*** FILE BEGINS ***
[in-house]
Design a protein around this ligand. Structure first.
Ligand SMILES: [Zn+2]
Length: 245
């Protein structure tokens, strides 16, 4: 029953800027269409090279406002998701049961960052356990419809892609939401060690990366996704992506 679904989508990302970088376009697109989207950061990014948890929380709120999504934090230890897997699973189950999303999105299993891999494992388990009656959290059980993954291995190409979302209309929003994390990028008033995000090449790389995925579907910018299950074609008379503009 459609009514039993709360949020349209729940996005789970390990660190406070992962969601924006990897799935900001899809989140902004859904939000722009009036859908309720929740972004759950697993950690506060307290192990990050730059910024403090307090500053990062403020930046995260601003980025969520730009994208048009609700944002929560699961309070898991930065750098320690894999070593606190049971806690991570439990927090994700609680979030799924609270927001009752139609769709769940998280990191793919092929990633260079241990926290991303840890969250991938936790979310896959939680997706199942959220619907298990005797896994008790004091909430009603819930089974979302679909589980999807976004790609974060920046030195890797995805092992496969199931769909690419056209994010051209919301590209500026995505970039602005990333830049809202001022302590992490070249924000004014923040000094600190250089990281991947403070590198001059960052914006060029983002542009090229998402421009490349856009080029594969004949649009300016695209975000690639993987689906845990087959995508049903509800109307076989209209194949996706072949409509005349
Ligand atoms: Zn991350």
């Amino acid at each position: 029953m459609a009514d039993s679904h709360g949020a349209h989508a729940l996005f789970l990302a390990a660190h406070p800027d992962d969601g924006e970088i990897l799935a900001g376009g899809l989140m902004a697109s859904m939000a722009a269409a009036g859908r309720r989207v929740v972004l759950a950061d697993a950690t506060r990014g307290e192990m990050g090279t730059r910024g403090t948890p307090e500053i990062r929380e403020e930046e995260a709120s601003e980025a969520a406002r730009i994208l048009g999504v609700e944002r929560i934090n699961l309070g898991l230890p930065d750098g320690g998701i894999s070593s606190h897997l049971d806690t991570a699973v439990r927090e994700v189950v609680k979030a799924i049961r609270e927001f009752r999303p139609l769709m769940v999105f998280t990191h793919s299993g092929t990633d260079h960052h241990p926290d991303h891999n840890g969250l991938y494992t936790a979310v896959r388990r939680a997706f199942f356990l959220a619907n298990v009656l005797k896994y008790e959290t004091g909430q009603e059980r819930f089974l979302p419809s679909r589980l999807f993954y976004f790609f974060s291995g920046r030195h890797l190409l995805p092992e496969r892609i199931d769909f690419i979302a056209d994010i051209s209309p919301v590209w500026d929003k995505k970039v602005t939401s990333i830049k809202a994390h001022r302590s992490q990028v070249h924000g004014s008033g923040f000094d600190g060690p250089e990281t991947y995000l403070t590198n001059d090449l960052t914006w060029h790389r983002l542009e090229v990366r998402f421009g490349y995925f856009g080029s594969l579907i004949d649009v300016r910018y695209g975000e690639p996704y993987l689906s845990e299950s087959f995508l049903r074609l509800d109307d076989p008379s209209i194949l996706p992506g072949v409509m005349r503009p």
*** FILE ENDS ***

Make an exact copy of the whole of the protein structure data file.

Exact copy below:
[in-house]
Design a protein around this ligand. Structure first.
Ligand SMILES: [Zn+2]
Length: 245
């Protein structure tokens, strides 16, 4: 029953800027269409090279406002998701049961960052356990419809892609939401060690990366996704992506 679904989508990302970088376009697109989207950061990014948890929380709120999504934090230890897997699973189950999303999105299993891999494992388990009656959290059980993954291995190409979302209309929003994390990028008033995000090449790389995925579907910018299950074609008379503009 459609009514039993709360949020349209729940996005789970390990660190406070992962969601924006990897799935900001899809989140902004859904939000722009009036859908309720929740972004759950697993950690506060307290192990990050730059910024403090307090500053990062403020930046995260601003980025969520730009994208048009609700944002929560699961309070898991930065750098320690894999070593606190049971806690991570439990927090994700609680979030799924609270927001009752139609769709769940998280990191793919092929990633260079241990926290991303840890969250991938936790979310896959939680997706199942959220619907298990005797896994008790004091909430009603819930089974979302679909589980999807976004790609974060920046030195890797995805092992496969199931769909690419056209994010051209919301590209500026995505970039602005990333830049809202001022302590992490070249924000004014923040000094600190250089990281991947403070590198001059960052914006060029983002542009090229998402421009490349856009080029594969004949649009300016695209975000690639993987689906845990087959995508049903509800109307076989209209194949996706072949409509005349
Ligand atoms: Zn991350």
């Amino acid at each position: 029953m459609a009514d039993s679904h709360g949020a349209h989508a729940l996005f789970l990302a390990a660190h406070p800027d992962d969601g924006e970088i990897l799935a900001g376009g899809l989140m902004a697109s859904m939000a722009a269409a009036g859908r309720r989207v929740v972004l759950a950061d697993a950690t506060r990014g307290e192990m990050g090279t730059r910024g403090t948890p307090e500053i990062r929380e403020e930046e995260a709120s601003e980025a969520a406002r730009i994208l048009g999504v609700e944002r929560i934090n699961l309070g898991l230890p930065d750098g320690g998701i894999s070593s606190h897997l049971d806690t991570a699973v439990r927090e994700v189950v609680k979030a799924i049961r609270e927001f009752r999303p139609l769709m769940v999105f998280t990191h793919s299993g092929t990633d260079h960052h241990p926290d991303h891999n840890g969250l991938y494992t936790a979310v896959r388990r939680a997706f199942f356990l959220a619907n298990v009656l005797k896994y008790e959290t004091g909430q009603e059980r819930f089974l979302p419809s679909r589980l999807f993954y976004f790609f974060s291995g920046r030195h890797l190409l995805p092992e496969r892609i199931d769909f690419i979302a056209d994010i051209s209309p919301v590209w500026d929003k995505k970039v602005t939401s990333i830049k809202a994390h001022r302590s992490q990028v070249h924000g004014s008033g923040f000094d600190g060690p250089e990281t991947y995000l403070t590198n001059d090449l960052t914006w060029h790389r983002l542009e090229v990366r998402f421009g490349y995925f856009g080029s594969l579907i004949d649009v300016r910018y695209g975000e690639p996704y993987l689906s845990e299950s087959f995508l049903r074609l509800d109307d076989p008379s209209i194949l996706p992506g072949v409509m005349r503009p």